El Paso County Deputies Started a Fight Club to Reward Use of Force Against Prisoners

Use of violent force is never something to celebrate. Any time law enforcement officers legitimately use force or violence against people in the communities that they serve, it is at best an unfortunate part of the job that should be kept to the minimum amount necessary to control a situation.

Yet in the El Paso County Jail in Colorado, Sheriff’s Deputy Sandra Rincon was celebrated with a tiara, a “princess” plate, and a cake with the number “50” on top. The number, however, wasn’t her age. It referred to the number of times she had used force against prisoners, ranging from handcuffing to punching and kicking. She was the winner of what one of the county jailers called a “fight club,” crowning whoever used force most often as the champion.

The “fight club” competition was uncovered in the course of a lawsuit filed by civil rights attorney Darold Killmer, which charged sheriff’s deputies with using excessive force against his client, Philippa McCully. The deputies, according to McCully, knocked her legs out from under her and shoved her to the floor, fracturing her knee, tearing her ACL, and bruising her badly. After the “fight club” competition was revealed, the county settled McCully’s case for $675,000.

The uncovering of the “fight club” did lead to an investigation, but that investigation fell far short of being genuine and robust. The investigation largely minimized the culture of violence that led to the “fight club” coming to be in the first place. There were written reprimands, but no demotions, no transfers, or dock of pay for anyone involved, and there was no other disciplinary action along the lines of limited suspension. The competition was dismissed as little more than “bad judgment,” and the county denied that it resulted in increased use of force, even though incidents of use of force nearly doubled during the first two years of the competition. 

Use of force is no joking matter, especially in a time when community’s trust in law enforcement has been eroded by repeated incidents of excessive and even lethal force against unarmed community residents, especially people of color, usually with little or no accountability for officers involved. Excessive force is always wrong, whether the perpetrators are police officers on the streets or corrections officers in prisons and jails. 

The county’s dismissal of the “fight club” as simply bad judgment only exacerbates the distrust between the community and law enforcement. Indeed, it may further erode it. Rather than essentially turning a blind eye, the county should use this as an opportunity to revisit its use of force policy, double down on investments in training (not reduce them), and commit to greater accountability on the part of the sheriff’s department.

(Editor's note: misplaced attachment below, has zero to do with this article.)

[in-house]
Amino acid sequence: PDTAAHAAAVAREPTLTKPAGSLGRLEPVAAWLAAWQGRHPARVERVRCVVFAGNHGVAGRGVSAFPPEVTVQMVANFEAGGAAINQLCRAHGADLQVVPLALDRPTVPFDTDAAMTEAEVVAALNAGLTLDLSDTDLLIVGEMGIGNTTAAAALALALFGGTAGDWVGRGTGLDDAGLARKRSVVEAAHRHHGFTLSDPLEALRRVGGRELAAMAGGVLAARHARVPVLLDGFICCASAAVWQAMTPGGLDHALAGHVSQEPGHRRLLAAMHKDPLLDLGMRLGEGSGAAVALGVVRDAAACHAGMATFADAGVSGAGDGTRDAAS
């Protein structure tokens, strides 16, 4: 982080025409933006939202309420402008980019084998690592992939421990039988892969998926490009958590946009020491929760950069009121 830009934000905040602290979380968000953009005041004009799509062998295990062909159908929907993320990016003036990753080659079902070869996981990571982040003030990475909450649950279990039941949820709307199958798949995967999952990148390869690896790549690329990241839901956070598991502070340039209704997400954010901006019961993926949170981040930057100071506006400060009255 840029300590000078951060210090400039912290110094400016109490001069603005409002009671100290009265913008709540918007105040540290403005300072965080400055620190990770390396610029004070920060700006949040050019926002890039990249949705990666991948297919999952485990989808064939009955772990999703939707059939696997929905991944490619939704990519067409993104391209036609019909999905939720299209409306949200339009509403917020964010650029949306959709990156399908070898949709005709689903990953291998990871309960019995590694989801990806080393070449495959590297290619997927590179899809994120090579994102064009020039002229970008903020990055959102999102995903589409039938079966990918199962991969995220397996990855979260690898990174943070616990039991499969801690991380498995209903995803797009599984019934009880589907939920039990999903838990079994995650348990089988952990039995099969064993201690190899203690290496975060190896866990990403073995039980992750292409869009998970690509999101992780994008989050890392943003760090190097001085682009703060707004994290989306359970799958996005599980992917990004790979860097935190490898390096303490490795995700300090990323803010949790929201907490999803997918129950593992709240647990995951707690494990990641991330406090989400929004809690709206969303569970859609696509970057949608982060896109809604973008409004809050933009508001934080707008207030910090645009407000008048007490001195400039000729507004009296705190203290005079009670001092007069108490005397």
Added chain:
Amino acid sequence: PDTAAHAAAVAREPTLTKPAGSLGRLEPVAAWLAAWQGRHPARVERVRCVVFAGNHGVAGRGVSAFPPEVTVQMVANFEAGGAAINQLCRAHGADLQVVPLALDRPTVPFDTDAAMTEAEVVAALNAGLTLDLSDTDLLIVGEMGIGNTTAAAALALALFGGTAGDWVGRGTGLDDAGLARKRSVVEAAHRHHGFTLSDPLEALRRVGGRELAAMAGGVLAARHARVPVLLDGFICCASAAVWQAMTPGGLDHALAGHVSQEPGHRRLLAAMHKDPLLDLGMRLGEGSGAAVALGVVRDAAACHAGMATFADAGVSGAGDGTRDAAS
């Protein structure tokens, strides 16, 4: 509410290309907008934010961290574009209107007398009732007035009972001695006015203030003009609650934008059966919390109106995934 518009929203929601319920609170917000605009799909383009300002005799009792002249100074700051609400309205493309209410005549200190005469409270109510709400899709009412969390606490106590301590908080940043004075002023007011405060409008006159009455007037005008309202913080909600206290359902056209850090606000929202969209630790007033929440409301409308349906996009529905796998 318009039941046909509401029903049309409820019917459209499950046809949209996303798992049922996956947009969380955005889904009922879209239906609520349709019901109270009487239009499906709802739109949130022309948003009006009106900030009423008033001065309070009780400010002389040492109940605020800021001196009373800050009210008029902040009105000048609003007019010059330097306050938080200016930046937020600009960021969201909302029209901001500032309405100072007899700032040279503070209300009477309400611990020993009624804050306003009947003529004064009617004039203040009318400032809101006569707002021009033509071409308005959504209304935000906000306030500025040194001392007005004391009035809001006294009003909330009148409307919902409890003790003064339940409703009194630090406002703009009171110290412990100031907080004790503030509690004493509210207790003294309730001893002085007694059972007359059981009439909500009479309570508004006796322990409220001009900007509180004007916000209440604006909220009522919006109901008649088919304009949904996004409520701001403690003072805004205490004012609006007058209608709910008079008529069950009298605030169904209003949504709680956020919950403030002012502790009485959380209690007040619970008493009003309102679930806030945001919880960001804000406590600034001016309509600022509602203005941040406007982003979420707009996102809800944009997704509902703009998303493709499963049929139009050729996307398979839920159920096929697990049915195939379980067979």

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Anonymous

Troll

Anonymous

I actually think it's sad that, unless you turn to Jesus, you are going to rot in Hell when you eventually die after your pitiful, privileged, hate-filled, unproductive "life."

Anonymous

As opposed to what dumbass? Getting raped in an American one like you did? Oh wait, not rape if you sold yourself for summer cigarettes right?

Richard Alpert

Dude, I TOLD you to take your damn meds! You are embarrassing yourself.

Anonymous

I have actually worked in prison. This is appalling! To those of you that think that the treatment fits the situation.... you are disgusting. While we all want to see the guilty pay for their crimes...do you even know what the crimes were? Was it failure to appear in court for a traffic violation? Was it rape? Murder? You don't know and to make such a blanket generalization like "it's prison, not charm school", you are a complete idiot. Don't enable these jackass COs to play "fight club" with my tax dollars. They are disgusting for the most part. And before you jump to another assumption, no, I was not a CO myself, so don't make yourself look more mentally and morally inhibited than you already are. No one should be beat down for the sake of it regardless if the are a prisoner or not. That's what is wrong these days, we still have this barbaric and outdated mindset of fist and fight over what is actually "right".

Anthony Allen

Are we really suprised by anything so called law enforcment does?

Anonymous

For fuck's sake, Dr. Timothy Leary died in 1996. Just keep quiet you 14 year old troll. Even if you are 40 with a badge, your brain is 14.

Anonymous

Sounds like the Gestapo is in charge if that prison and the county approves ongoing violence..

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